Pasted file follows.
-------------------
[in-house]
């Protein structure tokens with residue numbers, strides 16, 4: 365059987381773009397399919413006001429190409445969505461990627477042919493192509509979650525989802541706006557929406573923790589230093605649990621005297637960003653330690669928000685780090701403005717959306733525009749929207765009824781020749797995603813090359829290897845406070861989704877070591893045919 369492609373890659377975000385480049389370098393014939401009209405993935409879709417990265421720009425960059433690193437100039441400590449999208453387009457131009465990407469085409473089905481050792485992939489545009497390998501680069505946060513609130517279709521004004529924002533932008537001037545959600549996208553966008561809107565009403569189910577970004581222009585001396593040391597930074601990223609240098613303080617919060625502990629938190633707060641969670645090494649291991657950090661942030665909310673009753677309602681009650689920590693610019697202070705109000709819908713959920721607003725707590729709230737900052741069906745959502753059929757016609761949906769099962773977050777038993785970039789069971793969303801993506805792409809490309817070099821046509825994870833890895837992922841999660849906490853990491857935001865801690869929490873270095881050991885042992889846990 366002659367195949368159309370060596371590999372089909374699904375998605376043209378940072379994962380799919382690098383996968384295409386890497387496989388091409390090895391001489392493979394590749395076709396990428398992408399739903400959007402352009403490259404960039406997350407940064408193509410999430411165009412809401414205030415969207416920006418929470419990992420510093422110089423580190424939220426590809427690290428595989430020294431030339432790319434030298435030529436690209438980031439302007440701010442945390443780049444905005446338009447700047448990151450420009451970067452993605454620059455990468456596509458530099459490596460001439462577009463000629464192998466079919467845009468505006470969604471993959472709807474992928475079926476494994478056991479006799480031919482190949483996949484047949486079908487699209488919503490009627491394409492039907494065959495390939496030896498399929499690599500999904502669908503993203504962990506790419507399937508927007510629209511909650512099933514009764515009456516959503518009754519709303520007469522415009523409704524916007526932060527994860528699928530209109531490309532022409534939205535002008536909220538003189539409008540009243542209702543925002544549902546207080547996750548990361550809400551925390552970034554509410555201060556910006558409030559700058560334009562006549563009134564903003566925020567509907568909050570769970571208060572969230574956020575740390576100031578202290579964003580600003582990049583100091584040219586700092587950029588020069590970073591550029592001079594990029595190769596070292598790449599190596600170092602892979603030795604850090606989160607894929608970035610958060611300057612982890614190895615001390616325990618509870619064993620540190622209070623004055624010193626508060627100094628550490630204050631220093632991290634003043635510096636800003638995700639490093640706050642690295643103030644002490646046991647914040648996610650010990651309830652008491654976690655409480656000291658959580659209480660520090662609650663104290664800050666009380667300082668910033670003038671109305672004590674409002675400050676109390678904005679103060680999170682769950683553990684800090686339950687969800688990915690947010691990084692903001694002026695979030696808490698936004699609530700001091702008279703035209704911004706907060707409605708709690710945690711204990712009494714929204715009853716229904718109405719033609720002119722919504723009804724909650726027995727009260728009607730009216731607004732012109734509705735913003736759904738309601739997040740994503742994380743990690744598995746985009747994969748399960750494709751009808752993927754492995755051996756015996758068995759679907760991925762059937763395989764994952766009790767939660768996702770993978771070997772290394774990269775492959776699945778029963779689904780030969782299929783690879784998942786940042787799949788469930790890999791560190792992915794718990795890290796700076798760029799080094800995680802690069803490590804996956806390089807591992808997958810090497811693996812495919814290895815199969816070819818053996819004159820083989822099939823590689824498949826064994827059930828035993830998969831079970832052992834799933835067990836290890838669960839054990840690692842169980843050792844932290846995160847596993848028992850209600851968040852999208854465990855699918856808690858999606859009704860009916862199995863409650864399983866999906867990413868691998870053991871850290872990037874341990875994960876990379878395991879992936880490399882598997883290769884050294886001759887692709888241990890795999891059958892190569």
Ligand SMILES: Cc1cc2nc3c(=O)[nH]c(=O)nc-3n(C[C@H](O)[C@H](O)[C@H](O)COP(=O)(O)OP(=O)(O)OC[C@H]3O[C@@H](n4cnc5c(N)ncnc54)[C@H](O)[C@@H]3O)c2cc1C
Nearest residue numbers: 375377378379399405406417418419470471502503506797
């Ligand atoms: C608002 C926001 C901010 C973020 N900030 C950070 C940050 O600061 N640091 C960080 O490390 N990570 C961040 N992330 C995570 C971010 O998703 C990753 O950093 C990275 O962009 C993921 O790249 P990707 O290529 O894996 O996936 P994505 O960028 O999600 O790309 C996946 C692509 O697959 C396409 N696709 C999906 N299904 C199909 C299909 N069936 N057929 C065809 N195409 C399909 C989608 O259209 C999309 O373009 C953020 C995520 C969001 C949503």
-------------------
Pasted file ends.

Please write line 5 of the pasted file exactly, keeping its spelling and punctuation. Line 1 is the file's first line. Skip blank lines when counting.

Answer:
């Ligand atoms: C608002 C926001 C901010 C973020 N900030 C950070 C940050 O600061 N640091 C960080 O490390 N990570 C961040 N992330 C995570 C971010 O998703 C990753 O950093 C990275 O962009 C993921 O790249 P990707 O290529 O894996 O996936 P994505 O960028 O999600 O790309 C996946 C692509 O697959 C396409 N696709 C999906 N299904 C199909 C299909 N069936 N057929 C065809 N195409 C399909 C989608 O259209 C999309 O373009 C953020 C995520 C969001 C949503």